Don’t miss to run Performance Analyzer in your own environment if you haven’t done so yet. I promise you’ll like it!

Download Performance Analyzer

Video – how to create a daily routing playlist using Performance Analyzer

Opvizor Performance Analyzer – Use Playlists to optimize your daily routine from opvizor on Vimeo.

Metrics and Logs

(formerly, Opvizor Performance Analyzer)

VMware vSphere & Cloud

Monitor and Analyze Performance and Log files:
Performance monitoring for your systems and applications with log analysis (tamperproof using immudb) and license compliance (RedHat, Oracle, SAP and more) in one virtual appliance!

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Use Case - Tamper-resistant Clinical Trials


Blockchain PoCs were unsuccessful due to complexity and lack of developers.

Still the goal of data immutability as well as client verification is a crucial. Furthermore, the system needs to be easy to use and operate (allowing backup, maintenance windows aso.).


immudb is running in different datacenters across the globe. All clinical trial information is stored in immudb either as transactions or the pdf documents as a whole.

Having that single source of truth with versioned, timestamped, and cryptographically verifiable records, enables a whole new way of transparency and trust.

Use Case - Finance


Store the source data, the decision and the rule base for financial support from governments timestamped, verifiable.

A very important functionality is the ability to compare the historic decision (based on the past rulebase) with the rulebase at a different date. Fully cryptographic verifiable Time Travel queries are required to be able to achieve that comparison.


While the source data, rulebase and the documented decision are stored in verifiable Blobs in immudb, the transaction is stored using the relational layer of immudb.

That allows the use of immudb’s time travel capabilities to retrieve verified historic data and recalculate with the most recent rulebase.

Use Case - eCommerce and NFT marketplace


No matter if it’s an eCommerce platform or NFT marketplace, the goals are similar:

  • High amount of transactions (potentially millions a second)
  • Ability to read and write multiple records within one transaction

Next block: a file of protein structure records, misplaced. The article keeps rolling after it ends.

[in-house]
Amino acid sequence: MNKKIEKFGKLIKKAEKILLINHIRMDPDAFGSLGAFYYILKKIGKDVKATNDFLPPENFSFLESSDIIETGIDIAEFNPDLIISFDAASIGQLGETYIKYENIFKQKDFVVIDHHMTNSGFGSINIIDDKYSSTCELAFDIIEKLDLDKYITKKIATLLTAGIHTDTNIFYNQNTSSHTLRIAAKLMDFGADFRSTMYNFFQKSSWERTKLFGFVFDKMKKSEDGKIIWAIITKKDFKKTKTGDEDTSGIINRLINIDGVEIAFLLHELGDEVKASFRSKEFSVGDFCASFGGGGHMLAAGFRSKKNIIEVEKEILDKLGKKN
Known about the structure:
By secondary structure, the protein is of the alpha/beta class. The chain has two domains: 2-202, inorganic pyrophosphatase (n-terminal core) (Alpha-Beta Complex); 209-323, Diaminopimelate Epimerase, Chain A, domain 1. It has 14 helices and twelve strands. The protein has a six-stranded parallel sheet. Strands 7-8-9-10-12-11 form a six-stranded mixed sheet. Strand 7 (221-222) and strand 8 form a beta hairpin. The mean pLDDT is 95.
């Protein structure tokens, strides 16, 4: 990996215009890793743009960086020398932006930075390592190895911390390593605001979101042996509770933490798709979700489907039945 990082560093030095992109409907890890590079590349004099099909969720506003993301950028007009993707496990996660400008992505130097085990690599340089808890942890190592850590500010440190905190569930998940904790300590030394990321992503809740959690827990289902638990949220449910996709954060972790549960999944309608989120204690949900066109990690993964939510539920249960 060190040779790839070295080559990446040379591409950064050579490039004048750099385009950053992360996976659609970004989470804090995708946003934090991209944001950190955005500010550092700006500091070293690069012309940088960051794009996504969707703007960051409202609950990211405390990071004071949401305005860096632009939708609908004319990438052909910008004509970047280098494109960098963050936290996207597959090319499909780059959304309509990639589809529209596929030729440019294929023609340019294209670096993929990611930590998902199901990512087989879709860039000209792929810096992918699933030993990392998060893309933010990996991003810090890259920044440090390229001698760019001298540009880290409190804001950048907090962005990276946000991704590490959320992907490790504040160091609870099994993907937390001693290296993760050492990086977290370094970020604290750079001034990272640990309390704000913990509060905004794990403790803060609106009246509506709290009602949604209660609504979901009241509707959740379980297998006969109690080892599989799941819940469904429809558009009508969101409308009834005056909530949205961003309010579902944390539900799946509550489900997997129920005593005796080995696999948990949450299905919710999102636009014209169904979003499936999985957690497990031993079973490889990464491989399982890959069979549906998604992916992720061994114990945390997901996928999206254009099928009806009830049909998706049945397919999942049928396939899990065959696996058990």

• prevent overwrite or updates on transactions
  • comply with regulations (PCI, GDPR, …)


immudb is typically scaled out using Hyperscaler (i. e. AWS, Google Cloud, Microsoft Azure) distributed across the Globe. Auditors are also distributed to track the verification proof over time. Additionally, the shop or marketplace applications store immudb cryptographic state information. That high level of integrity and tamper-evidence while maintaining a very high transaction speed is key for companies to chose immudb.

Use Case - IoT Sensor Data


IoT sensor data received by devices collecting environment data needs to be stored locally in a cryptographically verifiable manner until the data is transferred to a central datacenter. The data integrity needs to be verifiable at any given point in time and while in transit.


immudb runs embedded on the IoT device itself and is consistently audited by external probes. The data transfer to audit is minimal and works even with minimum bandwidth and unreliable connections.

Whenever the IoT devices are connected to a high bandwidth, the data transfer happens to a data center (large immudb deployment) and the source and destination date integrity is fully verified.

Use Case - DevOps Evidence


CI/CD and application build logs need to be stored auditable and tamper-evident.
A very high Performance is required as the system should not slow down any build process.
Scalability is key as billions of artifacts are expected within the next years.
Next to a possibility of integrity validation, data needs to be retrievable by pipeline job id or digital asset checksum.


As part of the CI/CD audit functionality, data is stored within immudb using the Key/Value functionality. Key is either the CI/CD job id (i. e. Jenkins or GitLab) or the checksum of the resulting build or container image.